When the student is ready, the teacher appears.

That is the Mentor. And when the Mentor shows up, the student’s life will be forever changed.

Types of Stories That Feature a Mentor Protagonist

The Mentor is of course prominent in stories that feature the Hero Arc. The Mentor can be seen to be most active in these stories, since he or she will often need to physically accompany the Hero at least part of the way.

If the Mentor is instead helping a King, the Mentor character is perhaps more likely to fill an advisory role—since the King is perfectly capable of taking action and fighting his own battles. Unlike the Hero, the King is more likely to recognize the Mentor’s value and want to protect him or her from physical danger. (The Mentor may or may not need this protection, but will probably humor the King if only to give the King the opportunity to do his own transformative growth.)

Mentor stories are often big stories, since Mentors don’t show up for any little old problem that can be handled by an earlier Flat archetype. This is perhaps why the Mentor is most prominent in Hero and King Arcs—since these two arcs mark the thresholds or “Doorways of No Return” (between the First and Second Act and the Second and Third Act, respectively).

Often, the “magical” quality of the Mentor lends itself to stories with a supernatural or fantastical bend. Even in stories with real-world settings, a Mentor character will often have psychic abilities or perhaps just a sixth sense, such as the old country woman Queenie Turrill in the historical series Larkrise to Candleford. (Queenie could be an Elder, since she is not on a mission and doesn’t leave her village, but she also has some decided Mentor/Mage qualities).

Larkrise to Candleford (2008-11), BBC One.

Examples of the Mentor:

Examples of the Mentor archetype include the following. Click on the links for structural analyses.

The Karate Kid (1984), Columbia Pictures; A Wrinkle in Time (2018), Walt Disney Pictures; The Matrix (1999), Warner Bros; Kung-Fu Panda 2 (2011), DreamWorks Animation; Good Will Hunting (1997), Miramax Films; The Wizard of Oz (1939), MGM.

And with this post, we have reached the end of our exploration of the six transformative character arcs, as well as twelve potential negative archetypes and six Flat or “resting” archetypal periods between the Change Arcs.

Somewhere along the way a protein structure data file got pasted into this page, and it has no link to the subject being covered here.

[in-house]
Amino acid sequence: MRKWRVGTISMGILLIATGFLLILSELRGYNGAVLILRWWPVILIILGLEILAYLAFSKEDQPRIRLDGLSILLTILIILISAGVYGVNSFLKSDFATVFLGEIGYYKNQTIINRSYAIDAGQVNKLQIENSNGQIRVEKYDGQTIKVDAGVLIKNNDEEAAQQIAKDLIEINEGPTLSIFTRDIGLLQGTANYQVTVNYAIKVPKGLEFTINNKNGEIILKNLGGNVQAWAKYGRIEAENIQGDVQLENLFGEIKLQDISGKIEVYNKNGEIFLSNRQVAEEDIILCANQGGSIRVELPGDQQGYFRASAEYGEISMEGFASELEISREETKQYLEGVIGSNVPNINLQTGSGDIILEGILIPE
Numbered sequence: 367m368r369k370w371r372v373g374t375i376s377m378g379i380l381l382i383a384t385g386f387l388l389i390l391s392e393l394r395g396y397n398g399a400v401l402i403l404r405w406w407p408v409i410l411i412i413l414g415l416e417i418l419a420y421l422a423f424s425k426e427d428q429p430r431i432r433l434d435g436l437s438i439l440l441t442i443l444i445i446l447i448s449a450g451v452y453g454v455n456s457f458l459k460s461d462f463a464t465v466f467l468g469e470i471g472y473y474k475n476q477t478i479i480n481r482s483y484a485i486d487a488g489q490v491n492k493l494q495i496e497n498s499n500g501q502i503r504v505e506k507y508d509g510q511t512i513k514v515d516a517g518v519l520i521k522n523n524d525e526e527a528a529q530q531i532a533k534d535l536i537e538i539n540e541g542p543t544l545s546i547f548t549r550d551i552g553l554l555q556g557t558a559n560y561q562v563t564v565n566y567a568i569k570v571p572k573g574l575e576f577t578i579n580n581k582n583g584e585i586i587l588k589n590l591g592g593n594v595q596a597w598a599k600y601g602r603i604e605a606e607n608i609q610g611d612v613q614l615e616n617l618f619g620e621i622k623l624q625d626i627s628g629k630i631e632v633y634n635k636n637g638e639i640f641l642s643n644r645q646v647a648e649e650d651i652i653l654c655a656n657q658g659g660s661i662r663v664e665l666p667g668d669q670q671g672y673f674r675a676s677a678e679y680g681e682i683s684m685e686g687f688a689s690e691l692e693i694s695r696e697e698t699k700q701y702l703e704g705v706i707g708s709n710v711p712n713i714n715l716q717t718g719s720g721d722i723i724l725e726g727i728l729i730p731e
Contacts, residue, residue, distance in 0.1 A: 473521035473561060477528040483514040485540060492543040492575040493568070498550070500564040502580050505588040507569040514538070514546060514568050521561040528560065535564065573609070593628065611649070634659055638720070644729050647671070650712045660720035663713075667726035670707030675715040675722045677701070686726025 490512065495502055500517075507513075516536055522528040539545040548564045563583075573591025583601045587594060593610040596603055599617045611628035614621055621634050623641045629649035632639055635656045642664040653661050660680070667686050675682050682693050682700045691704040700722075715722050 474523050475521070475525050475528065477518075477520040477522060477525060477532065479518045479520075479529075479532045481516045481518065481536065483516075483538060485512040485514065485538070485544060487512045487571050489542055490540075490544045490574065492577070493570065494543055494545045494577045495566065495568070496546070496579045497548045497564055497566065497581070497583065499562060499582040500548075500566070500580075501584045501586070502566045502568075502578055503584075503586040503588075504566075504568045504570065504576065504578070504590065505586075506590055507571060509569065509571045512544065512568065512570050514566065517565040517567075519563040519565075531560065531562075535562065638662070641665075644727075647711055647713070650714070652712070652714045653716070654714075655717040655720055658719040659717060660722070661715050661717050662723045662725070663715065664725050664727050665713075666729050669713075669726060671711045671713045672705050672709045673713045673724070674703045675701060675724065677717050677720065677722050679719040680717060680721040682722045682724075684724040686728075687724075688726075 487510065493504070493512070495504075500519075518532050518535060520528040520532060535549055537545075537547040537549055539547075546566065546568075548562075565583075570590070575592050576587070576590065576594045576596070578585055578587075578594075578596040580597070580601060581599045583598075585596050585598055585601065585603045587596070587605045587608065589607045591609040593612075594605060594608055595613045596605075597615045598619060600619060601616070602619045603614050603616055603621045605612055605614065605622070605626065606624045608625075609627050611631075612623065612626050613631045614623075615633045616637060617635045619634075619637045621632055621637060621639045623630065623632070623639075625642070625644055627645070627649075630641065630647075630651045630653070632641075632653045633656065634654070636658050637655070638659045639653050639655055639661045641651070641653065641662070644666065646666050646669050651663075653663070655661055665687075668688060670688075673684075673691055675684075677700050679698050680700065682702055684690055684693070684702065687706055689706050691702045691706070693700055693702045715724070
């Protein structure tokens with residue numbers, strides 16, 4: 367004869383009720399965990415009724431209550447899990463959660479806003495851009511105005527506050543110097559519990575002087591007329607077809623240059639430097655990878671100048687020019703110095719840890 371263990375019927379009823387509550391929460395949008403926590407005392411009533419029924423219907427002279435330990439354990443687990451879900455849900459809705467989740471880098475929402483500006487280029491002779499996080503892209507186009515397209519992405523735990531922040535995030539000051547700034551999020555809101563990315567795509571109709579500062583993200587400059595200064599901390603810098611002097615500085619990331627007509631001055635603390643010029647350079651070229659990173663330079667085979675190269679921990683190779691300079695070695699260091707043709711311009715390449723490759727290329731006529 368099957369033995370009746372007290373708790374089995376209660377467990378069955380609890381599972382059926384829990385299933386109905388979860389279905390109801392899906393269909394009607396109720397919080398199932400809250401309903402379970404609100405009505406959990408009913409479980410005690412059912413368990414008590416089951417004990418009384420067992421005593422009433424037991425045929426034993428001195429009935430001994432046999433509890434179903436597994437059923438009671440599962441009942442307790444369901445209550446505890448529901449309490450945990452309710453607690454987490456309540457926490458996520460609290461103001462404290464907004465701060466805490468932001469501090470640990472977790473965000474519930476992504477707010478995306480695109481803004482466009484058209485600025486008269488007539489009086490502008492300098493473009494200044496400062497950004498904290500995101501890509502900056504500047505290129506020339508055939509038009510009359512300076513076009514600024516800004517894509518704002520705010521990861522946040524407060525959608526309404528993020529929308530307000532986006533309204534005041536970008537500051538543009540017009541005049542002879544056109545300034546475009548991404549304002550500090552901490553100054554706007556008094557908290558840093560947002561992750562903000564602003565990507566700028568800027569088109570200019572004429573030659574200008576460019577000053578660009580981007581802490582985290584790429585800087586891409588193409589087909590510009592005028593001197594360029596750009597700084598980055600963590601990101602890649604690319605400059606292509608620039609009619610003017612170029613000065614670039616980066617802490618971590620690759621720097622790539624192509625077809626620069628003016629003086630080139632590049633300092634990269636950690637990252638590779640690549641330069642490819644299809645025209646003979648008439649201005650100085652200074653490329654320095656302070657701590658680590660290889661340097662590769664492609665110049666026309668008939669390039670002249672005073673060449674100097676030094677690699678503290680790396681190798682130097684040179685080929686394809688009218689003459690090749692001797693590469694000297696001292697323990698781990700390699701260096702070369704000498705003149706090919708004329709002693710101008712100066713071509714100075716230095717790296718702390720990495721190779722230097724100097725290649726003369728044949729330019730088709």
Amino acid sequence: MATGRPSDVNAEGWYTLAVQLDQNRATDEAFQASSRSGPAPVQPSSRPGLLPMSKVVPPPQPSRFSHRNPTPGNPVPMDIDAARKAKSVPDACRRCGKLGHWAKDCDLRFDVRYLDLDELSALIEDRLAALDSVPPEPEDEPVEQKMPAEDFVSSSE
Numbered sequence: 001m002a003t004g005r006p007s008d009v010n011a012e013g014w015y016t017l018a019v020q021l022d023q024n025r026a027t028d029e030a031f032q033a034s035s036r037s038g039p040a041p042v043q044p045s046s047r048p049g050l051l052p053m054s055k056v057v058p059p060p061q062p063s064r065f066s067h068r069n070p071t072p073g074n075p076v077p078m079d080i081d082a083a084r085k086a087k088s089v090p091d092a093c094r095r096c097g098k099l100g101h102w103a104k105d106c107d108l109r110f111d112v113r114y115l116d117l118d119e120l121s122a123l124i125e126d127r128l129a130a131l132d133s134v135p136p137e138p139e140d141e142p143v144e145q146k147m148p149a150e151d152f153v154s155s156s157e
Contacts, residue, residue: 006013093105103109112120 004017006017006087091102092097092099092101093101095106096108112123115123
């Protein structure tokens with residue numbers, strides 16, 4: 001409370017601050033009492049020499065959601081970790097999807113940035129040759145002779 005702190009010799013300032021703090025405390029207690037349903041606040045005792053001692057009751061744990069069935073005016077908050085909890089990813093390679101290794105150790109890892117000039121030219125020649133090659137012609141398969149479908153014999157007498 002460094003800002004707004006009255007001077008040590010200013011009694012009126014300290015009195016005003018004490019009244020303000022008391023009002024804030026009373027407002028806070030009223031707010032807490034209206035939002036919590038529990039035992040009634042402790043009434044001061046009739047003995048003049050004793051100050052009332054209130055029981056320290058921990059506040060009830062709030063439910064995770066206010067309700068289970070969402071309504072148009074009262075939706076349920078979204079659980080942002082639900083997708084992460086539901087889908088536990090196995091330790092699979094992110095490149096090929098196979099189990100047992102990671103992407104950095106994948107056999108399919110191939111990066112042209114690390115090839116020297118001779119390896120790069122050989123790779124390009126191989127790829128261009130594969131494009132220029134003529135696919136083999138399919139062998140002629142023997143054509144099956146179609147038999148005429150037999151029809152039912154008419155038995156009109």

Stay Tuned: For the next two weeks, we’ll do a little wrap-up, starting next week with a quick discussion of practical ways you can start implementing archetypal character arcs within your own stories.

Related Posts:

Wordplayers, tell me your opinions! Can you think of any further examples of stories that feature the Mentor? Tell me in the comments!

Go on the journey with your characters! Check out the Archetypal Character Guided Meditations.

Click the “Play” button to Listen to Audio Version (or subscribe to the Helping Writers Become Authors podcast in Apple Podcast or Amazon Music).

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About K.M. Weiland | @KMWeiland

K.M. Weiland is the award-winning and internationally-published author of the acclaimed writing guides Outlining Your Novel, Structuring Your Novel, and Creating Character Arcs. A native of western Nebraska, she writes historical and fantasy novels and mentors authors on her award-winning website Helping Writers Become Authors.

Comments

  1. Thank you so much for all your hard work these past months. I really appreciate your having covered all of these archetypes. I look forward to hearing more as to how they can be used in stories.

  2. Another fine contribution to your Archetypal Encyclopedia. I find myself thinking that at times it can be pretty hard to differentiate between this one and the Mage. John Coffee dies, but he dies voluntarily, though in his case to escape a world that was too painful for him to live in further. I had to think about him a while to decide, yep, Katie’s nailed it again. Merlin is an interesting character, partially because there are so many Arthurian worlds out there. In many, everything he does is to help and teach Arthur. He does leave this world in some manner, again it depends on which Arthur we’re discussing, but most often it’s not due to a flaw in Merlin’s character.

    Anyway, thank you for this great series. Really excited about the next two lectures.

    • K.M. Weiland | @KMWeiland says